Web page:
Celebrating Black Women's Hair

Updated on June 12, 2016

At a time when controversy over black women’s hair is alive and well in America, Artist Maurice Evans is putting finishing touches on his ongoing series entitled, “Crowning.” His latest series of work is about how black women wear their hair. “A woman’s crowning glory is her hair.”

The series “Crowning” consists of various, single portraits of black women, either wearing head wraps or natural hair styles. Each portrait is titled with an African name and then Evans provides the literal meaning of the name, such as “Ayotunde” (Joy Has Arrived), and “Gugu” (A Precious Person). He intentionally gave African names to each portrait to convey the message, “This is where you come from,” and “She [black women] is everything.”

In creating “Crowning,” Evans turned to a technique called Scratchboard, which involves treating a wood surface with India ink, then you scratch out the image. “The use of India ink conveys her blackness,” said Evans. And on various portraits he uses paper with bright colors and bold designs for head wraps.

Evans uses the headdresses in some of his portraits to point to 18th and 19th century American history, when women of color turned to wearing head wraps because they were ordered to cover their hair in public. Apparently in the 1800s, particularly in Louisiana, black women were wearing their naturally high hairdo’s so beautifully with jewels and feathers, they provoked jealousy and threatened the social stability of the area. Because of this there were actual laws put in place banning black women from wearing their hair in public. The law was meant to distinguish women of color from white women and to minimize their beauty. In the end however, because they used elaborate designs and bold beautiful fabrics for their head wraps in covering their hair, they became even more beautiful and alluring.

For much of American history, black hair has been considered bad hair, and black women have felt pressure to straighten it to look presentable. During the 1960s and ‘70s having natural black hair was a political statement. And today, with abundant hair styles such as locks, braiding, and hair extensions, black women are often finding unwanted comments and adverse reactions to their hair. Evans’ response to all this, in creating the beautiful portraits in “Crowning,” is, “This is who you are,” and “The crown represents pride, beauty, social status, and so much more.” Evans uses the series as a counter balance to racism in his own way.

Evans has been an artist for as long as he can remember. His father was a drummer, and military man. When Evans was 4 years-old, one of his father’s band mates, who was also stationed at Moody Air Force Base, Valdosta GA, was teaching him how to play guitar. Meanwhile, his mother who was a favorite teacher at school, was displaying his artwork early on, using it for her school bulletin boards. “There wasn’t a time I wasn’t an artist,” explained Evans.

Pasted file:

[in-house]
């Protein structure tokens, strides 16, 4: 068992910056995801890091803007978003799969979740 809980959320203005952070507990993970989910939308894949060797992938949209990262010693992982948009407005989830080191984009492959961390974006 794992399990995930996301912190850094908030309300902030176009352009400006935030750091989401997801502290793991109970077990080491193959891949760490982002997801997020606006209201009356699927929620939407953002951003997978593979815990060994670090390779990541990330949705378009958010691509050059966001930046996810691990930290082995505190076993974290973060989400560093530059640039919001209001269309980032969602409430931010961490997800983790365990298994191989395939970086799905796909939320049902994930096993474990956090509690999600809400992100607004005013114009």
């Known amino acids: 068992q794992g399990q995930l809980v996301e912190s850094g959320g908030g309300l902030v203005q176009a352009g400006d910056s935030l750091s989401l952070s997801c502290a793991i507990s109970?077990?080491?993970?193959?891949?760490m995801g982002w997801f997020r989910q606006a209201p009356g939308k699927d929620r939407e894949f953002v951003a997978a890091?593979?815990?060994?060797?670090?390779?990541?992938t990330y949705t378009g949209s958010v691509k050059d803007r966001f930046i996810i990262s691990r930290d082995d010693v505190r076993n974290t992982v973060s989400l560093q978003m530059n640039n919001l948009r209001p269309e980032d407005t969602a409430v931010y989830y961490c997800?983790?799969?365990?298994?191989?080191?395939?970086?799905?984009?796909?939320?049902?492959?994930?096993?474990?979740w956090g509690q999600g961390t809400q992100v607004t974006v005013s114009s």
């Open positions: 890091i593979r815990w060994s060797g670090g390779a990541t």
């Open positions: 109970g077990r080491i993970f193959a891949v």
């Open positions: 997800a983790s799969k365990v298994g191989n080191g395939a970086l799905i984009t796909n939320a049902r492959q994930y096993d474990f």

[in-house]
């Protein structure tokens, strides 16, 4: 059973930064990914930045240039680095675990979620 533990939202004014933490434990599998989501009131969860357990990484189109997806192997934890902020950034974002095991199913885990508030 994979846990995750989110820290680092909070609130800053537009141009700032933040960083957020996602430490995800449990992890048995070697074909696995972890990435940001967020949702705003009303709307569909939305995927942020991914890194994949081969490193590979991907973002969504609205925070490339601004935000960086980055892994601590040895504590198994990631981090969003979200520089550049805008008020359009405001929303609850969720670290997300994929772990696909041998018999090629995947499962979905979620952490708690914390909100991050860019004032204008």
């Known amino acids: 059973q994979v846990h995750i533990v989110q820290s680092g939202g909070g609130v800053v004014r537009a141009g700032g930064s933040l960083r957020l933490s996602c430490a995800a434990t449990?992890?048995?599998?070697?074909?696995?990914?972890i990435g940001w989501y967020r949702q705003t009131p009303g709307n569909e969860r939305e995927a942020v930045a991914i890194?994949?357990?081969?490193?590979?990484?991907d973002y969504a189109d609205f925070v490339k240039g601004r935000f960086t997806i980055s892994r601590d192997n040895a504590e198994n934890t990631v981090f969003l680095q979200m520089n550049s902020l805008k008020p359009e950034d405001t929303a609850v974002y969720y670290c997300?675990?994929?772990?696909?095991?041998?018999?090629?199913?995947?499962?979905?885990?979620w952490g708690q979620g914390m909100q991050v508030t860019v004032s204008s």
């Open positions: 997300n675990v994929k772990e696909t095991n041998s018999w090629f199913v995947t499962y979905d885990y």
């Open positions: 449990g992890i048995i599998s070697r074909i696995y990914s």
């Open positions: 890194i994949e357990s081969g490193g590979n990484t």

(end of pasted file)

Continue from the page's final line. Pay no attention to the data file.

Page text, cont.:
As far as his drawing goes, Evans remembers being especially inspired as a kid while living at Moody Air Force Base. He recalls seeing his play friends’ drawings of aircraft carriers, “They drew stick men for people in their drawings below the carriers, but I still thought they were cool.”

Evans studied at The Art Institute of Atlanta from 1986-1988, and is known as a painter, but he also has a degree in Fashion Illustration, and plays and produces music. As a mixed media artist, black issues and visuals have always been very important to him. “Black women in particular are constantly bombarded with imagery that tells them they are not beautiful or worthy,” said Evans. Further, he feels black women need more attention in order to begin healing.

Evans presents his artwork privately through appointment, either at his studio in Lawrenceville GA, or he will bring pieces to prospective buyers for viewing. Publicaly, he shows his original pieces at art shows throughout the country, or you can visit his website, mauriceevans.com to view his collections. If you can’t afford purchasing one of Evans’ original pieces from the series “Crowning,” he also has made available for purchase,somerset canvas reproductions and high quality digital prints that can be purchased online.

You can also view the series “Crowning,” by visiting his Facebook page, The Art of Maurice Evans. Original pieces can be purchased online by clicking on the provided links on the Facebook page.

This content is accurate and true to the best of the author’s knowledge and is not meant to substitute for formal and individualized advice from a qualified professional.

Questions & Answers


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        3 years ago

        Hi Lauren, this is a very artistic article about your artist friend and hair of black women. When I was in grammar school I really admired the ways the girls wore their hair of various styles. I thought female blackness was the most beautiful thing on earth. Now, all women and their cultures matter. Sisters need to be more spiritual and stay with spiritual brothers more than anything while displaying various hairstyles and beauty.

      • Ann810 profile image


        3 years ago from Sunny Cali

        Hi, the art is inspirational of Black women. My daughter's are artist also, they said it's time consuming drawing Black women's hair, and I told my daughters that it's time consuming actually doing Black women's hair. God made us Black women with the high maintenance hair, which is a masterpiece.

      • profile image

        Grace Kisa 

        3 years ago

        A well stated article of a prolific American artist


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